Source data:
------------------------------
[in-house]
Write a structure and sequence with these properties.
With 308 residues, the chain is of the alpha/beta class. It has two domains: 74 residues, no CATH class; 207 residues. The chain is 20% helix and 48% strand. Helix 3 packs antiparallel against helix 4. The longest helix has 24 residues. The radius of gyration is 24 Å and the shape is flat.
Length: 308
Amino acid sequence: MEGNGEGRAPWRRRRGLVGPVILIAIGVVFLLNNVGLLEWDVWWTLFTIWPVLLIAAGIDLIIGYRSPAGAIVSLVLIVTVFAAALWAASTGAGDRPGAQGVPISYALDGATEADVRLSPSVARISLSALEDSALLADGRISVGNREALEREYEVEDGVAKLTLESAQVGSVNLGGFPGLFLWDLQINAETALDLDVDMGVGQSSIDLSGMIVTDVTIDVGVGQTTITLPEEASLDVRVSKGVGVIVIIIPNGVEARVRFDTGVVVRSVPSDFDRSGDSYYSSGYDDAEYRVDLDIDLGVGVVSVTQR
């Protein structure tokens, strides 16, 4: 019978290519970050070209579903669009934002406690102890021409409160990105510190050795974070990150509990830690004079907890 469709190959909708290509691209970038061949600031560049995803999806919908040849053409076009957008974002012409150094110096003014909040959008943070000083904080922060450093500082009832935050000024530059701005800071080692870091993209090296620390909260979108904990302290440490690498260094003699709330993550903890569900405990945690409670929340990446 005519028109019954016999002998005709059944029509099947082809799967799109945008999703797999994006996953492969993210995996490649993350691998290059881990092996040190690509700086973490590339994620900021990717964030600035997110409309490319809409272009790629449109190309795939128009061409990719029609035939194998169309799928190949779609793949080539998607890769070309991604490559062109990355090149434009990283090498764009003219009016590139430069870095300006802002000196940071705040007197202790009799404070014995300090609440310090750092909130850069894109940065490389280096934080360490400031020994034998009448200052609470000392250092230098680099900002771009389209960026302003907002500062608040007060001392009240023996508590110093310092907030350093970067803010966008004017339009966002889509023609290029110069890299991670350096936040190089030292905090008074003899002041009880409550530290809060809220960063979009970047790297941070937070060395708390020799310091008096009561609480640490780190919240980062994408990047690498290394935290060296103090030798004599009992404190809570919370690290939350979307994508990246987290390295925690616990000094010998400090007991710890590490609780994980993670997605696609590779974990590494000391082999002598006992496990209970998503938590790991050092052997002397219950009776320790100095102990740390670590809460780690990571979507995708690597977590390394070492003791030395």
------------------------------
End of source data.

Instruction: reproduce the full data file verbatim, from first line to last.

[in-house]
Write a structure and sequence with these properties.
With 308 residues, the chain is of the alpha/beta class. It has two domains: 74 residues, no CATH class; 207 residues. The chain is 20% helix and 48% strand. Helix 3 packs antiparallel against helix 4. The longest helix has 24 residues. The radius of gyration is 24 Å and the shape is flat.
Length: 308
Amino acid sequence: MEGNGEGRAPWRRRRGLVGPVILIAIGVVFLLNNVGLLEWDVWWTLFTIWPVLLIAAGIDLIIGYRSPAGAIVSLVLIVTVFAAALWAASTGAGDRPGAQGVPISYALDGATEADVRLSPSVARISLSALEDSALLADGRISVGNREALEREYEVEDGVAKLTLESAQVGSVNLGGFPGLFLWDLQINAETALDLDVDMGVGQSSIDLSGMIVTDVTIDVGVGQTTITLPEEASLDVRVSKGVGVIVIIIPNGVEARVRFDTGVVVRSVPSDFDRSGDSYYSSGYDDAEYRVDLDIDLGVGVVSVTQR
């Protein structure tokens, strides 16, 4: 019978290519970050070209579903669009934002406690102890021409409160990105510190050795974070990150509990830690004079907890 469709190959909708290509691209970038061949600031560049995803999806919908040849053409076009957008974002012409150094110096003014909040959008943070000083904080922060450093500082009832935050000024530059701005800071080692870091993209090296620390909260979108904990302290440490690498260094003699709330993550903890569900405990945690409670929340990446 005519028109019954016999002998005709059944029509099947082809799967799109945008999703797999994006996953492969993210995996490649993350691998290059881990092996040190690509700086973490590339994620900021990717964030600035997110409309490319809409272009790629449109190309795939128009061409990719029609035939194998169309799928190949779609793949080539998607890769070309991604490559062109990355090149434009990283090498764009003219009016590139430069870095300006802002000196940071705040007197202790009799404070014995300090609440310090750092909130850069894109940065490389280096934080360490400031020994034998009448200052609470000392250092230098680099900002771009389209960026302003907002500062608040007060001392009240023996508590110093310092907030350093970067803010966008004017339009966002889509023609290029110069890299991670350096936040190089030292905090008074003899002041009880409550530290809060809220960063979009970047790297941070937070060395708390020799310091008096009561609480640490780190919240980062994408990047690498290394935290060296103090030798004599009992404190809570919370690290939350979307994508990246987290390295925690616990000094010998400090007991710890590490609780994980993670997605696609590779974990590494000391082999002598006992496990209970998503938590790991050092052997002397219950009776320790100095102990740390670590809460780690990571979507995708690597977590390394070492003791030395």